0.01 * 10 != 0.1

0.01 * 10 == 0.099999994

...if you are using single precision floating-point variables, also known as floats in C#. The solution? Using the decimal data type (or, if you are a Java developer, the BigDecimal class).
Although I didn't test it, this seems to be an issue in several similar programming languages, which use IEEE 754 data types. The problem is that not all real decimal numbers are directly representable in binary (e.g. 0.01), and as such are approximated. The solution involves using a special binary notation to support the accuracy required for financial applications.

Until next time, may you enjoy being surprised with something you though for sure it was true, but it was not, and you should have known better.


C#: a first look

I have recently started working with the C# programming language and the .Net framework.

The language (C#)

I started off with the notion that C# was Microsoft's version of Java, but that was it. After spending a weekend reading Inside C#, I got a pretty good idea on the language. My impression is that C# philosophy is quite different than Java's. While Java aims at being an elegant, minimalist language, with each new version making few changes in the Java platform; C# is a somewhat more programmer-friendly language, with as many bells and whistles as possible (this is actually a reflex of the different backgrounds and philosophies between Sun Microsystems and Microsoft).
As such, here are some things I liked about C#:
  • smart properties - it was about time someone recognized getters and setters as first class constructs;
  • overriding the '[]' brackets - this little syntactic sugar trick can make source code a lot easier and intuitive to read, by allowing that any class can work as an array;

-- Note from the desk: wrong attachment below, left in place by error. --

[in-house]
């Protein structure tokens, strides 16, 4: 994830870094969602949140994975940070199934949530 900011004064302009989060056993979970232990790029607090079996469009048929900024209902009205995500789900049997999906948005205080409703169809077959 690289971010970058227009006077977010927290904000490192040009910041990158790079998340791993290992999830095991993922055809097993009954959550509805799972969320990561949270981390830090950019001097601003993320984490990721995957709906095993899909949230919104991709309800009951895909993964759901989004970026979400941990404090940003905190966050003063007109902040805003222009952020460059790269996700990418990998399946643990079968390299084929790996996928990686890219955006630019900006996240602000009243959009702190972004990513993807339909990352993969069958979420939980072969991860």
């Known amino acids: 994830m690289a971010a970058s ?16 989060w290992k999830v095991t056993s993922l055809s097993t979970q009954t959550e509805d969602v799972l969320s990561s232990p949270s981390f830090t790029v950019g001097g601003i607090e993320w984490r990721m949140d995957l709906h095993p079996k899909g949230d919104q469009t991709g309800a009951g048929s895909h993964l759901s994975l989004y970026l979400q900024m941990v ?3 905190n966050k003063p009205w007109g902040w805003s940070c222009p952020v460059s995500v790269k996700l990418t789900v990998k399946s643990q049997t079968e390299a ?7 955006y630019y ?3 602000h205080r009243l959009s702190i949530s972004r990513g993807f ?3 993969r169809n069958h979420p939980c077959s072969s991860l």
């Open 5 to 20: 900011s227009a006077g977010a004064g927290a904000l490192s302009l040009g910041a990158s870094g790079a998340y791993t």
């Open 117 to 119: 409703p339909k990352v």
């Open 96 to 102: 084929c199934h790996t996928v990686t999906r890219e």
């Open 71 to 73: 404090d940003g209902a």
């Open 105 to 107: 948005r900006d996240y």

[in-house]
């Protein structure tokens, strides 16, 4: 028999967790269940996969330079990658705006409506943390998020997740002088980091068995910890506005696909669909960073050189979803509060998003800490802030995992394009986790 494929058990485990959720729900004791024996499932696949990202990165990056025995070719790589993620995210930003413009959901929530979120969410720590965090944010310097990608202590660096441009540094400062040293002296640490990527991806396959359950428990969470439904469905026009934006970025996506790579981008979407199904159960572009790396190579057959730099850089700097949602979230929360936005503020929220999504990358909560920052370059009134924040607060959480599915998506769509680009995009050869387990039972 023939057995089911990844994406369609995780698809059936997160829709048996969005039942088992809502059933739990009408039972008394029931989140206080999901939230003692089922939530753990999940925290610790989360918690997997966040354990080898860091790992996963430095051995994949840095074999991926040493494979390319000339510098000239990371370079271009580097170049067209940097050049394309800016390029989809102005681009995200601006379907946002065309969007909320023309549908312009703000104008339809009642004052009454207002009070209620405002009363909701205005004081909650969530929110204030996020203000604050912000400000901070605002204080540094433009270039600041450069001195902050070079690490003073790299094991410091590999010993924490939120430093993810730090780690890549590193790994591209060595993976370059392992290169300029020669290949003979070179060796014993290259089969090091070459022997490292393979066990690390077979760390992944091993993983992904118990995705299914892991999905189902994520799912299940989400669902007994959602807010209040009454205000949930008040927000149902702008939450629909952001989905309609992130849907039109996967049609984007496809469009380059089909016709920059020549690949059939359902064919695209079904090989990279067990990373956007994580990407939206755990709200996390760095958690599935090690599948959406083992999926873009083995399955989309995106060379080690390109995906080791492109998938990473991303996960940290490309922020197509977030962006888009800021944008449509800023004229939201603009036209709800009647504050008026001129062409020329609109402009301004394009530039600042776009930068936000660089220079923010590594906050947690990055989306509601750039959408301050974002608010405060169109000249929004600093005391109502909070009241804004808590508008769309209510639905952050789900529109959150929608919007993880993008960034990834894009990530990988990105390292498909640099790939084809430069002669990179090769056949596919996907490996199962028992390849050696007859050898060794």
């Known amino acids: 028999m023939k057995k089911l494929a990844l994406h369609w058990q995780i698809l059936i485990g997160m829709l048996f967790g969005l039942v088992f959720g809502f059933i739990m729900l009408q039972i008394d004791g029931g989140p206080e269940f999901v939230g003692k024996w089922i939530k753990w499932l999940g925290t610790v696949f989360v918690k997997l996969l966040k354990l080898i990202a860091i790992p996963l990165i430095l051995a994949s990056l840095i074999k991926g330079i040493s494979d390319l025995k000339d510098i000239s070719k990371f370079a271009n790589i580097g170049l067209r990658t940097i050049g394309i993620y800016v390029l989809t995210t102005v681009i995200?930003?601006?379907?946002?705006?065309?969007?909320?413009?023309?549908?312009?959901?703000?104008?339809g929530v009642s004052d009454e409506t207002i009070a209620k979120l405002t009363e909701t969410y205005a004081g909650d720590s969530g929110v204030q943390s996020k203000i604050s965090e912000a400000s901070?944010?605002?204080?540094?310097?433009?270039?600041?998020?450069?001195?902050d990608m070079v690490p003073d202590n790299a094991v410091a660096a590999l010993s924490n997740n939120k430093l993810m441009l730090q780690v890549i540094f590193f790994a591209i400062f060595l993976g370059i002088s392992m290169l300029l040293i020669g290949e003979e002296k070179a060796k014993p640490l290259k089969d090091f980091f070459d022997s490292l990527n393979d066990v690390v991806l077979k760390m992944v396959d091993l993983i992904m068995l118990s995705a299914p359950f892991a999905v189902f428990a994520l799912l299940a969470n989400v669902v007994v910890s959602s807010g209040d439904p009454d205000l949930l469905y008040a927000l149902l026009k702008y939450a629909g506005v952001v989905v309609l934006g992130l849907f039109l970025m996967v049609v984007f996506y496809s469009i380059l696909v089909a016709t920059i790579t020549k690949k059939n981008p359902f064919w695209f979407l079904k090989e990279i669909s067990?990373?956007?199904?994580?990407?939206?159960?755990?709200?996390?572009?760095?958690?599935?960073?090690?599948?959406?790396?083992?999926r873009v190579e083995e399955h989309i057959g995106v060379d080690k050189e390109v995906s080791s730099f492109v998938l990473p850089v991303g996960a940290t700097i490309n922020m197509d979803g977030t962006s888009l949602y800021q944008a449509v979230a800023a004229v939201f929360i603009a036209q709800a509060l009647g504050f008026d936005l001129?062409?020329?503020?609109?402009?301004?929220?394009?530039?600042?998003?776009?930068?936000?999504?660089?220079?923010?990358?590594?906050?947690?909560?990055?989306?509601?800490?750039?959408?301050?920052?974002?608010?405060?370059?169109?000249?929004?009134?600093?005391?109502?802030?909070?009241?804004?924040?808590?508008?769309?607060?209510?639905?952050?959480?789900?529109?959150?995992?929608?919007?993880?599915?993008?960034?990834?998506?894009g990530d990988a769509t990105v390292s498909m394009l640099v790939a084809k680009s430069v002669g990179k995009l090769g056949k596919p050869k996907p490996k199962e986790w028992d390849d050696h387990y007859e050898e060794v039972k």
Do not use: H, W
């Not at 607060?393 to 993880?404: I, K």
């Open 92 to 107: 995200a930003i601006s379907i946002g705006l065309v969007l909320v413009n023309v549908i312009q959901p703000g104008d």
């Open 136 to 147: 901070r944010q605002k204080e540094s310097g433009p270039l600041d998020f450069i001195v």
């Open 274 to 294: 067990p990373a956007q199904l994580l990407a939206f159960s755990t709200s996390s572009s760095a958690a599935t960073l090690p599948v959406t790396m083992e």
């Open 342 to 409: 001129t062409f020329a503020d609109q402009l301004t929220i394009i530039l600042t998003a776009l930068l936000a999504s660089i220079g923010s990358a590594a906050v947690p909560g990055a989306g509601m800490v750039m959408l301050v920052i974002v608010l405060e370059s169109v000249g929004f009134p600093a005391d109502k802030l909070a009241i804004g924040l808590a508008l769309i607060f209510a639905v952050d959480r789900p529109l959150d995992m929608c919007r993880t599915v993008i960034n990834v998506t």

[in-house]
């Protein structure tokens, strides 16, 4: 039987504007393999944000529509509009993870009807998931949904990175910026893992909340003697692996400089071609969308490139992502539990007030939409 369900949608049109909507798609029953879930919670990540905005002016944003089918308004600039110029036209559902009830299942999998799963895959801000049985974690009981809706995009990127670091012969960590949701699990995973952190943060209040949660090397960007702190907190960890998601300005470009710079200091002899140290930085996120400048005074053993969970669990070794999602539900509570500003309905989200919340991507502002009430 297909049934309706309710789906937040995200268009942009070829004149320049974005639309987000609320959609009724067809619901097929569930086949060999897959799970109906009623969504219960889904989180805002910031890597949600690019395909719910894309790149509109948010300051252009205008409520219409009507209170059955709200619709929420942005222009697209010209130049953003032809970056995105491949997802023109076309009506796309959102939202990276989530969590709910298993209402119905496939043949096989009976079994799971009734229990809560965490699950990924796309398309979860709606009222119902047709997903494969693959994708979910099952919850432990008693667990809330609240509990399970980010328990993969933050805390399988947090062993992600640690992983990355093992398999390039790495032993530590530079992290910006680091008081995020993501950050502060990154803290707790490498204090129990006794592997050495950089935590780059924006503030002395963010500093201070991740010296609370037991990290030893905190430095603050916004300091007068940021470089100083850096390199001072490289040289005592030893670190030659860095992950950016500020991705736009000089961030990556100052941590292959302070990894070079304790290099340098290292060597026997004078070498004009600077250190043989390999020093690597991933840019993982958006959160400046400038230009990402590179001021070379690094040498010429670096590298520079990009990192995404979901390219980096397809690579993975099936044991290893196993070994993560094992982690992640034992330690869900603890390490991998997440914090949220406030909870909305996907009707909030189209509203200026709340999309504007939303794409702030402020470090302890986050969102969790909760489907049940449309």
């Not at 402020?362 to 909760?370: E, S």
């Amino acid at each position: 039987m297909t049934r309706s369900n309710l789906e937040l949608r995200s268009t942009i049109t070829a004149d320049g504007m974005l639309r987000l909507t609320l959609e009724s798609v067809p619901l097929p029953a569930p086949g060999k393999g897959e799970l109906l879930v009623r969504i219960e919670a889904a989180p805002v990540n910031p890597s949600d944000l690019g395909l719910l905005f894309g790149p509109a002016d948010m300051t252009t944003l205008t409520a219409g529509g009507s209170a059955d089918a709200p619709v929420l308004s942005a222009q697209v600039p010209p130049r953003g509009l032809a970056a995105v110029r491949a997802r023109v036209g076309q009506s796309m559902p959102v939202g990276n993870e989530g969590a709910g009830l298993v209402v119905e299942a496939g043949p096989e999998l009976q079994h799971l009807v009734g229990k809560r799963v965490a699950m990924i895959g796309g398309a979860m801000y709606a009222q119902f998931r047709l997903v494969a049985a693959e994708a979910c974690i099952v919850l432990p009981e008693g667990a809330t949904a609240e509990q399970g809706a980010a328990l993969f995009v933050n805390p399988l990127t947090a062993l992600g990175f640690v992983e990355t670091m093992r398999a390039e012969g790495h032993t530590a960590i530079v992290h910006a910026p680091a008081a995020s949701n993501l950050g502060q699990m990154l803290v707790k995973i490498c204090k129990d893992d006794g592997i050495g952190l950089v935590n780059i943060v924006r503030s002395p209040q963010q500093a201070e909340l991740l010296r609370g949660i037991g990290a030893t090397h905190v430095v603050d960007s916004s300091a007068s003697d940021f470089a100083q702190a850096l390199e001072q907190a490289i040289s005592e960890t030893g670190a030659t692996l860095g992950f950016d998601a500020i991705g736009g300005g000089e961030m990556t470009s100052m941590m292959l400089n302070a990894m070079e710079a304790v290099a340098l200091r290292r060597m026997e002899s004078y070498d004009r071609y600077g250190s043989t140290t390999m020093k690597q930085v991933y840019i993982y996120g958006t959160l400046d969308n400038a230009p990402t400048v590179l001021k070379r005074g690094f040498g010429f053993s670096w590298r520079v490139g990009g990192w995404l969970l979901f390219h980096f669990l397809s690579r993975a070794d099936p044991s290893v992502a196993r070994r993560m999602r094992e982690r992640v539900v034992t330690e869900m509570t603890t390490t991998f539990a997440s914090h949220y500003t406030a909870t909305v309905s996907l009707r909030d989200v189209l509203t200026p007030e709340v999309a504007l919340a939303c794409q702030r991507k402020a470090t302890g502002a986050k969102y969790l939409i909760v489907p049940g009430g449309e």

• structs - while this may seem not very Object-Oriented, it works well through the unified type model, since it is basically syntactic sugar for a class design pattern for storing data (no wonder it is a pending RFE for Java);
  • unsigned number types - correctly typed variables are very important;
  • delegates - while not strictly necessary, it is a nice alternative to Java's anonymous classes;
  • mandatory break statement in each case - while a small detail, this little rule eliminates a lot of nasty bugs using the switch statement;
On the other hand, there are other things which I didn't like at all:
  • polymorphism - having the possibility of defining methods which are not dynamically dispatched when overridden is a bad idea, since it basically breaks one of the core principles of Object-Oriented Programming: the substitution principle.
  • no throws clause - big mistake there, sure you can use the <exception> tag on documentation, but you don't have to, and still think that the best documentation is the source code itself;
  • the goto statement - I'm not dogmatic about this, but come on, even Kerninghan and Ritchie recognized that you really don't need this;
  • ref and out keywords - while this may be useful sometimes, I think it is a bad programming technique: methods should only return one value, period. If you need more than one, then you either need a new class to group these objects, or you are designing your class wrong;
  • XML documentation - this was almost a good idea. While it interesting to produce XML documentation, it is too verbose to read and write. They could have done something like javadocs and parsed it into XML, for transformation and documentation support.
  • overriding casts - maybe I'm wrong, but it doesn't seem like a good idea...

The environment (Visual Studio)

Regarding Visual Studio 2005 (.Net 2.0), there are a couple of things I would like to point out:
  • Auto completion works pretty well, including some new tricks, like completing parametric classes correctly.
  • Refactoring support is nice, but not as good as Eclipse.
  • Some source code options would be appreciated (namely automatic creation of constructors and getters/setters).
  • Produced documentation is a little too colourful and clumsy. Keep it simple. Take a look at Javadocs.
Until next time, may you enjoy joining the dark side (of software development).